Rite Aid Fraud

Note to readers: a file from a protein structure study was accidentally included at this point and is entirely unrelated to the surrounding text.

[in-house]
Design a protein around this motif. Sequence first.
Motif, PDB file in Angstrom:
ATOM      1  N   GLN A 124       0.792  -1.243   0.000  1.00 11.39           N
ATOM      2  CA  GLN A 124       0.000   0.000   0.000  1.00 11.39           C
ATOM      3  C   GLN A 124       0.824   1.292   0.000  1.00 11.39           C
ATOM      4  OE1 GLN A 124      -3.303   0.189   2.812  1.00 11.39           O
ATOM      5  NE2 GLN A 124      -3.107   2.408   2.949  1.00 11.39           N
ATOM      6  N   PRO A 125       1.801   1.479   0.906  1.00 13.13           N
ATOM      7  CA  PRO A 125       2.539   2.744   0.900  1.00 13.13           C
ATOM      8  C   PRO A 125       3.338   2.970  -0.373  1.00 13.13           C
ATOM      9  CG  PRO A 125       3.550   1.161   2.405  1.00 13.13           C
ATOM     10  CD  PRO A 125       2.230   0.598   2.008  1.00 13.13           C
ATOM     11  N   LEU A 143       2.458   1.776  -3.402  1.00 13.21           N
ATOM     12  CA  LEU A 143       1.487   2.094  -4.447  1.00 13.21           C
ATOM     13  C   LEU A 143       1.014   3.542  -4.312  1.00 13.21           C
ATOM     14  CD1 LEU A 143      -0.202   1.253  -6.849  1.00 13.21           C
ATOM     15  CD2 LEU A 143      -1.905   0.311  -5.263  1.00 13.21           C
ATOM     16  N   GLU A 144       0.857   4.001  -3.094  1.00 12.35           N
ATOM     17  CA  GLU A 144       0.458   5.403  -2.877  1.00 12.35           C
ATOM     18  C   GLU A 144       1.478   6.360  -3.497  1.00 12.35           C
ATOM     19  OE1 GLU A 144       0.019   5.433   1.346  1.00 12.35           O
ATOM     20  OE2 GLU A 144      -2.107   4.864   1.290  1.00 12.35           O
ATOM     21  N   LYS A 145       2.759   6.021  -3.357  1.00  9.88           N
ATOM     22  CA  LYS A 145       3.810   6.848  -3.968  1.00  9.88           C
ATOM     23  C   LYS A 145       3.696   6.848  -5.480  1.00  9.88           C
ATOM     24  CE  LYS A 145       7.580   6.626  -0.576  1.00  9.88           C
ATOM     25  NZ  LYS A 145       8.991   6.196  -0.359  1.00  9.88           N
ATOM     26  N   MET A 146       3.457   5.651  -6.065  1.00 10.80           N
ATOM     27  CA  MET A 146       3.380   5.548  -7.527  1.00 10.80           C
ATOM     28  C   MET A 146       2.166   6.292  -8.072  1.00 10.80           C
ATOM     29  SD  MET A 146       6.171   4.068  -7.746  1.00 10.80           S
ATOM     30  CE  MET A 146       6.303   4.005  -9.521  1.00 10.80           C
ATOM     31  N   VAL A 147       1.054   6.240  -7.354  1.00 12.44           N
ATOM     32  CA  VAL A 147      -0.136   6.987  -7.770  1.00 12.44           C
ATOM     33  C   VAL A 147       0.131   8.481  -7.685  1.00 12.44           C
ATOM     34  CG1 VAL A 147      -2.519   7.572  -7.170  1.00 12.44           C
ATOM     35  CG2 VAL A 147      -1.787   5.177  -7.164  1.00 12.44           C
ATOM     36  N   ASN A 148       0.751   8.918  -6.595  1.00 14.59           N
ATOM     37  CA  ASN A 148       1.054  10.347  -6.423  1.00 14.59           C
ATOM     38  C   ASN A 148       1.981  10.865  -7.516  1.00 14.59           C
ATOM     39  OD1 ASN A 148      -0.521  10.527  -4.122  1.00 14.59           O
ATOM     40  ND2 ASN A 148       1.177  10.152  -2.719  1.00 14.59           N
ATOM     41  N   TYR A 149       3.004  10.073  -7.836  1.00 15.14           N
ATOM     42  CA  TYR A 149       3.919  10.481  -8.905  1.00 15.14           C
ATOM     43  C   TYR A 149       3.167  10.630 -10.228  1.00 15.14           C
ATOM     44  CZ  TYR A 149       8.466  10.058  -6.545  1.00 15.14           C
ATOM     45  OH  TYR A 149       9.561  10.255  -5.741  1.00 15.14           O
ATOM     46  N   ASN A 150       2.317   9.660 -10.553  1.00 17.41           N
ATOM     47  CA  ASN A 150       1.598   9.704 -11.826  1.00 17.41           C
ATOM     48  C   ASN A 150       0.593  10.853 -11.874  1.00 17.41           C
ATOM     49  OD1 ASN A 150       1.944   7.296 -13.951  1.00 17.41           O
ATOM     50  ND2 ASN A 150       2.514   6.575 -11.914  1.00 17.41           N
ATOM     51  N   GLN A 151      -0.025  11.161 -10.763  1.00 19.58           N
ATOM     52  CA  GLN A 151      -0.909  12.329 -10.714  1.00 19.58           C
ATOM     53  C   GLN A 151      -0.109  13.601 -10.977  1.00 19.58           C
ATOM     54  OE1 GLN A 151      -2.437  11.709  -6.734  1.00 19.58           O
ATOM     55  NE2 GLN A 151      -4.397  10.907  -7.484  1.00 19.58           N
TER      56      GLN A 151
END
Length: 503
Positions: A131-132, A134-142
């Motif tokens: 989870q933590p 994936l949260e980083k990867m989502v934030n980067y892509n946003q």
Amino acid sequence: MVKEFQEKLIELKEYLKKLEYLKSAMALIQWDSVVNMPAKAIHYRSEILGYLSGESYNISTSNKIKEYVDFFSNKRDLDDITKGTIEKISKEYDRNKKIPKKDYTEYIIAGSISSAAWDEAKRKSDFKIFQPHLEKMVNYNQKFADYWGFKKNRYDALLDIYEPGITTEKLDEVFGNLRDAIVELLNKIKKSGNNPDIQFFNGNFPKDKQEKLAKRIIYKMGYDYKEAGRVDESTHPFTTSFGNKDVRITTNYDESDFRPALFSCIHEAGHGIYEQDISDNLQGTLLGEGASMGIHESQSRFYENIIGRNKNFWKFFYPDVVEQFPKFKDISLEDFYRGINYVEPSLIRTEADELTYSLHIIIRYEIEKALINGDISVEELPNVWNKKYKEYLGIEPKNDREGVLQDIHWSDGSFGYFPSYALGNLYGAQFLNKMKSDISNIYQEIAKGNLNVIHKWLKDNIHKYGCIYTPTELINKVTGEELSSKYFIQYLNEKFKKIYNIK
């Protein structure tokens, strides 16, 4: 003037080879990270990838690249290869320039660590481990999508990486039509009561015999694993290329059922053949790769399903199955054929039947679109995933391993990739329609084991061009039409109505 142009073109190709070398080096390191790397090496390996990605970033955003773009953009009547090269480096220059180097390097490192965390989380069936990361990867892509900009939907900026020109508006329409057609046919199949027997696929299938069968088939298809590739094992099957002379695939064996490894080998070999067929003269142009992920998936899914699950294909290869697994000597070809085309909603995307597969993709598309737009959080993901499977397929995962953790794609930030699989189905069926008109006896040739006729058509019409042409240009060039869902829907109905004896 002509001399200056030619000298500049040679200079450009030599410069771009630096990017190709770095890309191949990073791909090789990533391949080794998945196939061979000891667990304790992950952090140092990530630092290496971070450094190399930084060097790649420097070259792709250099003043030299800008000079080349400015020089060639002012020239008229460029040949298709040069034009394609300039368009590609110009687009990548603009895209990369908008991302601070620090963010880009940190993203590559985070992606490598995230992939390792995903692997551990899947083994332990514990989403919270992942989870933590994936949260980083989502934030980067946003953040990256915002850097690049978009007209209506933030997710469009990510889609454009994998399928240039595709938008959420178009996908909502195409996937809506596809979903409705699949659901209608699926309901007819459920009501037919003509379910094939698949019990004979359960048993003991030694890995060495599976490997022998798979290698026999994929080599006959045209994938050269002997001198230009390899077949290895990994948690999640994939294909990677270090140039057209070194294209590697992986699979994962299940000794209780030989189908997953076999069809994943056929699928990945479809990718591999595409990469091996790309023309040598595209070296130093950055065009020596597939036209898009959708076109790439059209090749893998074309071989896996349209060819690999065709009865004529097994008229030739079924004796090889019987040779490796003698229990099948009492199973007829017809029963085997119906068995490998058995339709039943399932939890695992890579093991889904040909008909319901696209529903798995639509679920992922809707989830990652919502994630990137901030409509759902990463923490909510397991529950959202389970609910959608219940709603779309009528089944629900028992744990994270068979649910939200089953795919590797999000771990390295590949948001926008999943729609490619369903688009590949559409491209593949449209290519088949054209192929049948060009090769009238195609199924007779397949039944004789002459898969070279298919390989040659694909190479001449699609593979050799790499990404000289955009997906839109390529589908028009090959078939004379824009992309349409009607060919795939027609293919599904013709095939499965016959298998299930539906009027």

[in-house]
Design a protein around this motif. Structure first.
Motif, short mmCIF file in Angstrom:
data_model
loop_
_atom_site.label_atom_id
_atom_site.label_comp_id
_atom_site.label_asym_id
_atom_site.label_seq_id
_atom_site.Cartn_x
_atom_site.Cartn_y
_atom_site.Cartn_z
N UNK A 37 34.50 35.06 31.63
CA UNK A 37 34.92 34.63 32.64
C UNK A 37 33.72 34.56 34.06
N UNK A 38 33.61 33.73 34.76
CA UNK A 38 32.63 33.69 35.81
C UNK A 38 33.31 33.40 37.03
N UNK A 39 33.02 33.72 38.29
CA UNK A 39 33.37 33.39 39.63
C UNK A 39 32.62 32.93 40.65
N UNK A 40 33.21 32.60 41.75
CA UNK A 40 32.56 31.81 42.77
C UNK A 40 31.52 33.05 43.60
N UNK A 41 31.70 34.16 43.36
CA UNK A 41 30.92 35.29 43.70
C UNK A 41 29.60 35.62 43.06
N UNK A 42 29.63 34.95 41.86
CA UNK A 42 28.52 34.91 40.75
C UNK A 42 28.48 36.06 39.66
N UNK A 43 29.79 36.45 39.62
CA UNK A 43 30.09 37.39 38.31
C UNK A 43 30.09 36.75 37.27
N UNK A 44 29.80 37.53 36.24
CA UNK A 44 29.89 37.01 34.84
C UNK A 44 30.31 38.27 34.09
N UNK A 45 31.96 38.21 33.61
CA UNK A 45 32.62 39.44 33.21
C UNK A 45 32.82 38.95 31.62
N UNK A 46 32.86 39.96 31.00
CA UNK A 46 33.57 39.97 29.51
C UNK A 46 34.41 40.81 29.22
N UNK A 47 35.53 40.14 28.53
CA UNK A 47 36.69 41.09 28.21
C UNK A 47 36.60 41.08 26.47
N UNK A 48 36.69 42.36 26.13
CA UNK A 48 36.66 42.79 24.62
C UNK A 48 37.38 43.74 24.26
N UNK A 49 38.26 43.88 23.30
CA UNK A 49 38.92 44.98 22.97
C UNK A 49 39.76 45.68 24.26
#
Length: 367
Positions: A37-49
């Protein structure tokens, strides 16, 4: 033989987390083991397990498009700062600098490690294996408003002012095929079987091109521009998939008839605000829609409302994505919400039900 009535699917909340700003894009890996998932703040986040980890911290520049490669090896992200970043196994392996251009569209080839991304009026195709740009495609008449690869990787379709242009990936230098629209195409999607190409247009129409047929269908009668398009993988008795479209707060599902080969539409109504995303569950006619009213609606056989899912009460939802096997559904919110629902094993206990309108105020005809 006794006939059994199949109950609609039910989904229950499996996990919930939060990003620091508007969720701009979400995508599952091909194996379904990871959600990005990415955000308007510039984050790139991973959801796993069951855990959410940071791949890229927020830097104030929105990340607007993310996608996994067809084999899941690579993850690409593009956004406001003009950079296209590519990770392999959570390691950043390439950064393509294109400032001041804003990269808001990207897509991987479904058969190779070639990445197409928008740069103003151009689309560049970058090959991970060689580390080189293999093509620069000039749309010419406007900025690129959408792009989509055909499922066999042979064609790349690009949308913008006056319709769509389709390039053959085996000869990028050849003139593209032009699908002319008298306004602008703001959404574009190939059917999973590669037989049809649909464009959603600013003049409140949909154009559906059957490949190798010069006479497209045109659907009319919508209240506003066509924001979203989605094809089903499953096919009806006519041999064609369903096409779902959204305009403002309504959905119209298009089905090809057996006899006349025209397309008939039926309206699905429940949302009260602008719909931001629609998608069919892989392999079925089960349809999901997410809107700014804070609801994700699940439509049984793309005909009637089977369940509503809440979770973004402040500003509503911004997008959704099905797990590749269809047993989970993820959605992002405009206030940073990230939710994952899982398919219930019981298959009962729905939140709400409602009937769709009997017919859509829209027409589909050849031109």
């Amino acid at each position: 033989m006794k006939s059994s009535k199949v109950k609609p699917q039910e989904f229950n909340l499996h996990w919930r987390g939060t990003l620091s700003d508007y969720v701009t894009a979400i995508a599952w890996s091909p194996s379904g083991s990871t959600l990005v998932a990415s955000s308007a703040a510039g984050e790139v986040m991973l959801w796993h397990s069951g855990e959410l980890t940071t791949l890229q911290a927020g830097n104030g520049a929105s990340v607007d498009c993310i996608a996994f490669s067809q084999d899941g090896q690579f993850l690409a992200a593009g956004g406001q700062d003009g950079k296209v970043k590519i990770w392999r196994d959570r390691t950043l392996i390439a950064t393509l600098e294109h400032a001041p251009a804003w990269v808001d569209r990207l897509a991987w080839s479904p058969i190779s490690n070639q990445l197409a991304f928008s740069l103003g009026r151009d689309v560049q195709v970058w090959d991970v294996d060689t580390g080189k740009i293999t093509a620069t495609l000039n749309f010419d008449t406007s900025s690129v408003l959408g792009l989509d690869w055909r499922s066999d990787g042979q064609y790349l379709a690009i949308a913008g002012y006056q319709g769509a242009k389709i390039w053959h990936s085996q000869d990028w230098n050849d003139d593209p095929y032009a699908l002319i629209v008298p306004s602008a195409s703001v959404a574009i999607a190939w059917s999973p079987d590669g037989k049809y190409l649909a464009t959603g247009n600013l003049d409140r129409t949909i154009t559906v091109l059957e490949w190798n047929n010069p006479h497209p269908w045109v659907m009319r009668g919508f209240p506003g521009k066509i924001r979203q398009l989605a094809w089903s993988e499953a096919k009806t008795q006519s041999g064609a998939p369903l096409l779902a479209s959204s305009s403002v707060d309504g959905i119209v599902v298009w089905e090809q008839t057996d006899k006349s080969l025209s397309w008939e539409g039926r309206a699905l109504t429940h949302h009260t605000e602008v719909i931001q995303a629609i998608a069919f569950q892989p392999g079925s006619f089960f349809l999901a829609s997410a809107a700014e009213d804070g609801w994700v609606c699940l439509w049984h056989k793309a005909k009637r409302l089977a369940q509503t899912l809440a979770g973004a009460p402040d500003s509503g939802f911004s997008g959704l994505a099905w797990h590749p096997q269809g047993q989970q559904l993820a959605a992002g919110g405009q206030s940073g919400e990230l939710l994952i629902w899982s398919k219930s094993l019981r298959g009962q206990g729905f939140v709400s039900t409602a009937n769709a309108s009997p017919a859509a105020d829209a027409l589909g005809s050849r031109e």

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(AP) Former Rite Aid Corp. chief executive Martin L. Grass was sentenced to eight years in prison Thursday for conspiring to falsely inflate the value of the company his father founded and cover up the scheme. Grass, 50, who headed up the nation's third-largest pharmacy chain in the late 1990s before being forced out in October 1999, also was fined $500,000 and given three years' probation for his role in a billion-dollar accounting fraud that sent the company's stock tumbling. Before U.S. District Judge Sylvia H. Rambo handed down the sentence, Grass apologized to Rite Aid, its stockholders and employees. "For the harm caused to them, I am truly sorry," he said. Grass was indicted by a federal grand jury two years ago. On the eve of trial that was to start last June he pleaded guilty to conspiracy to defraud Rite Aid and its shareholders and conspiracy to obstruct justice, in a deal that required him to cooperate with prosecutors. He reached a plea deal that called for up to eight years in prison, but Rambo refused to go along with it. A new deal called for him to serve up to 10 years in prison for conspiring to defraud and obstruct justice. At the time of his plea, prosecutors said Grass admitted to a series of illegal activities, from backdating contracts and severance letters to misleading the company and federal investigators about a $2.6 million real estate deal. They said he also met with employees called to testify before the grand jury and encouraged them to lie. During Grass' time at the head of the Camp Hill-based company founded by his father, Alex Grass, its stock price soared as Rite Aid engaged in an aggressive expansion effort. But the grand jury said the boom years were accomplished by "massive accounting fraud, the deliberate falsification of financial statements, and intentionally false SEC filings." Less than a year after

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